Police clash with opponents of Serbian church in Montenegro

Police Clash With Opponents Of Serbian Church In Montenegro
Montenegro protests, © AP/Press Association Images
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By Predrag Milic, Associated Press

The new head of the Serbian Orthodox Church in Montenegro was inaugurated on Sunday amid clashes between police and protesters who oppose continued Serb influence in the tiny Balkan state.

Police and media reports said at least seven police officers and several protesters were injured in the clashes, which saw police launch tear gas against the demonstrators, who hurled rocks and bottles at them and fired gunshots into the air.


At least 15 people were arrested.

Sunday’s ceremony in Cetinje, a former capital of the small Balkan nation, has angered opponents of the Serbian church in Montenegro, which declared independence from neighbouring Serbia in 2006.

Montenegro protests
Patriarch Porfirije, centre, and Metropolitan Joanikije, left, at the arrival ceremony in front of the Serbian Orthodox Church of Christ’s Resurrection in Podgorica, Montenegro (Risto Bozovic/AP)


Evading road blockades set up by the demonstrators, the new head of the Serbian church in Montenegro, Metropolitan Joanikije, arrived in Cetinje by helicopter along with the Serbian patriarch.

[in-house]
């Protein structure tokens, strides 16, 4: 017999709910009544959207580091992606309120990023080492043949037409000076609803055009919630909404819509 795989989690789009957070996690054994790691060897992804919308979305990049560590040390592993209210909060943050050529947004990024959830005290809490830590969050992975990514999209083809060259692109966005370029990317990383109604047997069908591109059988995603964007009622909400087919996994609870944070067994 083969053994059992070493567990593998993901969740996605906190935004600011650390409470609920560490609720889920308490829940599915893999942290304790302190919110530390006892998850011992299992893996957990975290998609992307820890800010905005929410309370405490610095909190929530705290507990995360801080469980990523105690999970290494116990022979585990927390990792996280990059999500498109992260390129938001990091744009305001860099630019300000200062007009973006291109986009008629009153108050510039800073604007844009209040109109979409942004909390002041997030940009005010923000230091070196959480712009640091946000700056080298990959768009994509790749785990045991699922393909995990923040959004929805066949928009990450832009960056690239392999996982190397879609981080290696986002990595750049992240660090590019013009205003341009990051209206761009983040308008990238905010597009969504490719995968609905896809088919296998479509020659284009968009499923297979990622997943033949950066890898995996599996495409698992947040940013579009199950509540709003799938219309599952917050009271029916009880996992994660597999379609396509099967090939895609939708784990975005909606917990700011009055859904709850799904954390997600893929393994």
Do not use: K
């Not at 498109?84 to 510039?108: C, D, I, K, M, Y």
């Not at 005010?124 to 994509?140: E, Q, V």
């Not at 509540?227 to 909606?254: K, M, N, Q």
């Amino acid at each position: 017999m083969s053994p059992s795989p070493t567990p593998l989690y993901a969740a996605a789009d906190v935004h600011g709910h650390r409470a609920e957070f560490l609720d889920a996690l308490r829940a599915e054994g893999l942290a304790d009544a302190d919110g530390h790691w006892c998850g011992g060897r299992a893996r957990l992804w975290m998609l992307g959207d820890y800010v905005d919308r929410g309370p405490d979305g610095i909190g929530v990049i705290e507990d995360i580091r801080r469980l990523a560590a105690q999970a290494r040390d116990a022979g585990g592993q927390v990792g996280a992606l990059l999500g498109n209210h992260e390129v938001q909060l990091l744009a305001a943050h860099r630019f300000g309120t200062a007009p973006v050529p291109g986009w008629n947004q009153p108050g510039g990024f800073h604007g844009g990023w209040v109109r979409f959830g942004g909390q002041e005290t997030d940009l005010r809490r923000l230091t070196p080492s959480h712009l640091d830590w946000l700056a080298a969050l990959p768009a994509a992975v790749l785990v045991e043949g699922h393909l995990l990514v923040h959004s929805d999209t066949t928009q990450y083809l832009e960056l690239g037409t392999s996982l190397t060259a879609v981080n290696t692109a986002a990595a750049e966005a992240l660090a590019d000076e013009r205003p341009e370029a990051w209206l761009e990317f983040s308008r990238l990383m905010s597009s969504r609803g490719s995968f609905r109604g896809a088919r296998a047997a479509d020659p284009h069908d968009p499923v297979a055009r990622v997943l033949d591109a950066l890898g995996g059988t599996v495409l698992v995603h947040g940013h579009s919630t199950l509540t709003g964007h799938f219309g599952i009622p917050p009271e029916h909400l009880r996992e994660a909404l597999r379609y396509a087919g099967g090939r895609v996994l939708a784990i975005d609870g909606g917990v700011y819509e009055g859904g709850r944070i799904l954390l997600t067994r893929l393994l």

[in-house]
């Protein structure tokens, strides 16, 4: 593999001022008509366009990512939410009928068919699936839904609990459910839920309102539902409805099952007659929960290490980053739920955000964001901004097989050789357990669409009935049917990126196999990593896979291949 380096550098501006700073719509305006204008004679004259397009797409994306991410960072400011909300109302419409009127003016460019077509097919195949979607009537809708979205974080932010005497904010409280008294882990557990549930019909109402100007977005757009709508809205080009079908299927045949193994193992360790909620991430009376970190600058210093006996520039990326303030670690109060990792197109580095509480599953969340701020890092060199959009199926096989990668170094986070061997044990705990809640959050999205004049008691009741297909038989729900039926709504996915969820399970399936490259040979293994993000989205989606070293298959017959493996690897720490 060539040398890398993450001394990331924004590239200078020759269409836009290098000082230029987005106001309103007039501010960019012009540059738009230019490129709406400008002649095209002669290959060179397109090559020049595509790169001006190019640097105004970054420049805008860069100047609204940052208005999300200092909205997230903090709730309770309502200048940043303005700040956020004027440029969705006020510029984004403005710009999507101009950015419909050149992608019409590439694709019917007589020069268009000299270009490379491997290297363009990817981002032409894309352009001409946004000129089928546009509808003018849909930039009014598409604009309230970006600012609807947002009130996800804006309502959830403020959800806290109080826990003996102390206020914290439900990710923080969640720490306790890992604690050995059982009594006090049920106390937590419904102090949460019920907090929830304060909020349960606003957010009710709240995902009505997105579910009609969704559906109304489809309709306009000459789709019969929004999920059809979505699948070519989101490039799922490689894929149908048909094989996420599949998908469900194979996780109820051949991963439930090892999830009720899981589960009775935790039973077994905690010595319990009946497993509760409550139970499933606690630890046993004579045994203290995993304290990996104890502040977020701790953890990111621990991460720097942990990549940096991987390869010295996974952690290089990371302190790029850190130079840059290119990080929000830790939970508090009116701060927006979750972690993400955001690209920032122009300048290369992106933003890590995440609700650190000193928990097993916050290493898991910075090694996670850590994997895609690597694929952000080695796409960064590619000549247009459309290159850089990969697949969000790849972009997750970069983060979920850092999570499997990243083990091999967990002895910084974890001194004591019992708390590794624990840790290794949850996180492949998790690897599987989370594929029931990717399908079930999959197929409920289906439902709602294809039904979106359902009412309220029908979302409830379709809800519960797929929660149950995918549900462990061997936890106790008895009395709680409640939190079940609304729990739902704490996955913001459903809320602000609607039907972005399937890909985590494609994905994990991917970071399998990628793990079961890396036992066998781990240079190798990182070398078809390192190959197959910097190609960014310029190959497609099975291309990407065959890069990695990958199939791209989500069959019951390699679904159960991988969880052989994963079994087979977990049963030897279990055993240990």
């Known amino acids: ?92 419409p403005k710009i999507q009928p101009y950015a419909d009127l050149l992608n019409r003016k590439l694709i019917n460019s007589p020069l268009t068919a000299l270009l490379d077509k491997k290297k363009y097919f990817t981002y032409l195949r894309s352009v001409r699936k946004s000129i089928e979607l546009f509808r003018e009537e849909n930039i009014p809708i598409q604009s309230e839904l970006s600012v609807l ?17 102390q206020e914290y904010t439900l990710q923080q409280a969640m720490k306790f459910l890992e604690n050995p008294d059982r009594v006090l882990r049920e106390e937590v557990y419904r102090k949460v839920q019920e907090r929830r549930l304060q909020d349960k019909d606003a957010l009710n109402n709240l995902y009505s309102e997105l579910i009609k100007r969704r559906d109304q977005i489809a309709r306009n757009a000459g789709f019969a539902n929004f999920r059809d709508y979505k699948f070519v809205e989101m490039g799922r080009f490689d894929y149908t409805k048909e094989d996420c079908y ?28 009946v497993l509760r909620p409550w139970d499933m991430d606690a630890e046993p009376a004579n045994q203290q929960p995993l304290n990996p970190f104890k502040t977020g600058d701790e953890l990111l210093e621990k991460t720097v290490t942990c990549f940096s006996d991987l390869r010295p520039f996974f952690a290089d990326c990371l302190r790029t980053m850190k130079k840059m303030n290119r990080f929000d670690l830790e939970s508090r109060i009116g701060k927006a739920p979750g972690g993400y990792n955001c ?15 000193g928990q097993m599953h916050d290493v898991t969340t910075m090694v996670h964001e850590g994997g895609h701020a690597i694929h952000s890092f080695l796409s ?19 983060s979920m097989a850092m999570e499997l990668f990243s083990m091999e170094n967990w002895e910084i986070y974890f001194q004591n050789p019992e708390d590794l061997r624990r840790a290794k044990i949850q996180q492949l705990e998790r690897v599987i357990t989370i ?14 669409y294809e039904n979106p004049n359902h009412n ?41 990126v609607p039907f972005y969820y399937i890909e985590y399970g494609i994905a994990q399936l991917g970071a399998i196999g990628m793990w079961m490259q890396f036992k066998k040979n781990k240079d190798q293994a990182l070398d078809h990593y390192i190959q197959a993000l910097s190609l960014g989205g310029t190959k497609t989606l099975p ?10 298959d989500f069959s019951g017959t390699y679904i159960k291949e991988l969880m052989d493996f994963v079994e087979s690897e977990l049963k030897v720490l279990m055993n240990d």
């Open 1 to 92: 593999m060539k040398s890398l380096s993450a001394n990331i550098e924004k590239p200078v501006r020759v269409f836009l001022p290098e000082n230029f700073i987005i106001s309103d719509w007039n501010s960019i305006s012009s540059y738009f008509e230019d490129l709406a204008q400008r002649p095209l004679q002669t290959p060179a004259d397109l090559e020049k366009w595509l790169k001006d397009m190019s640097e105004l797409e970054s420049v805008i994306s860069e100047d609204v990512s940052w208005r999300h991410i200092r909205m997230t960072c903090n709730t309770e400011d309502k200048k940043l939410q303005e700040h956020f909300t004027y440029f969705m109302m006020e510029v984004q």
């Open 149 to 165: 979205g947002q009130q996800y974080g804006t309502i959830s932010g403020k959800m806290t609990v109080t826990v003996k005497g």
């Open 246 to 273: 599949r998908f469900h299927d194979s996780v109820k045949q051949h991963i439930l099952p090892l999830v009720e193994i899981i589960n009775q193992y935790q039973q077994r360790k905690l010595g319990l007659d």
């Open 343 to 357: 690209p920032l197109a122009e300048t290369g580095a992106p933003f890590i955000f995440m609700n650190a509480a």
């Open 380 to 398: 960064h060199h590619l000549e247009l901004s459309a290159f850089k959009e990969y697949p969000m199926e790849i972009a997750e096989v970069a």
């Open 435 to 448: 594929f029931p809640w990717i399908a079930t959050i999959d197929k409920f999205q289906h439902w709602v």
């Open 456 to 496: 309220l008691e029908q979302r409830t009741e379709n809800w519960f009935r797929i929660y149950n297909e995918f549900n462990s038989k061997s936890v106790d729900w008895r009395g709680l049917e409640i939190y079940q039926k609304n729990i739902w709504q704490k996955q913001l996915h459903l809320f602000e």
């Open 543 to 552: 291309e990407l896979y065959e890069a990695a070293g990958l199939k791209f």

TV footage showed the priests being led into the Cetinje monastery by heavily armed riot police holding a bulletproof blanket to shield their bodies.

The demonstrators set up barriers with rubbish bins, tyres and large rocks to try to prevent church and state dignitaries from attending the inauguration.

Chanting “This is not Serbia!” and “This is Montenegro!” many of the protesters spent the night at the barriers amid reports that police were sending reinforcements to break through the blockade.


Tyres at one blockade were set on fire.

Montenegro protests
Protesters with a Montenegro flag at one of the blockades near Cetinje (Risto Bozovic/AP)

Montenegrins remain deeply divided over their country’s ties with neighbouring Serbia and the Serbian Orthodox Church, which is the country’s dominant religious institution.


About 30% of Montenegro’s 620,000 people consider themselves Serb.

Since Montenegro split from Serbia, pro-independence Montenegrins have advocated for a recognised Orthodox Christian church that is separate from the Serbian one.

Metropolitan Joanikije said after the ceremony that “the divisions have been artificially created and we have done all in our power to help remove them, but that will take a lot of time”.

In a clear demonstration of the sharp political and social divide in Montenegro, President Milo Djukanovic, the architect of the state’s independence from Serbia, visited Cetinje, while the current pro-Serb prime minister Zdravko Krivokapic went to Podgorica to welcome the Serbian Patriarch .


Mr Krivokapic called protests “an attempted terrorist act,” while Mr Djukanovic said the the protesters in Cetinje guarded national interests against the alleged bid by Serbia to impose its influence in Montenegro through the church.

Montenegro’s previous authorities led the country to independence from Serbia and defied Russia to join Nato in 2017. Montenegro is also seeking to become a European Union member.

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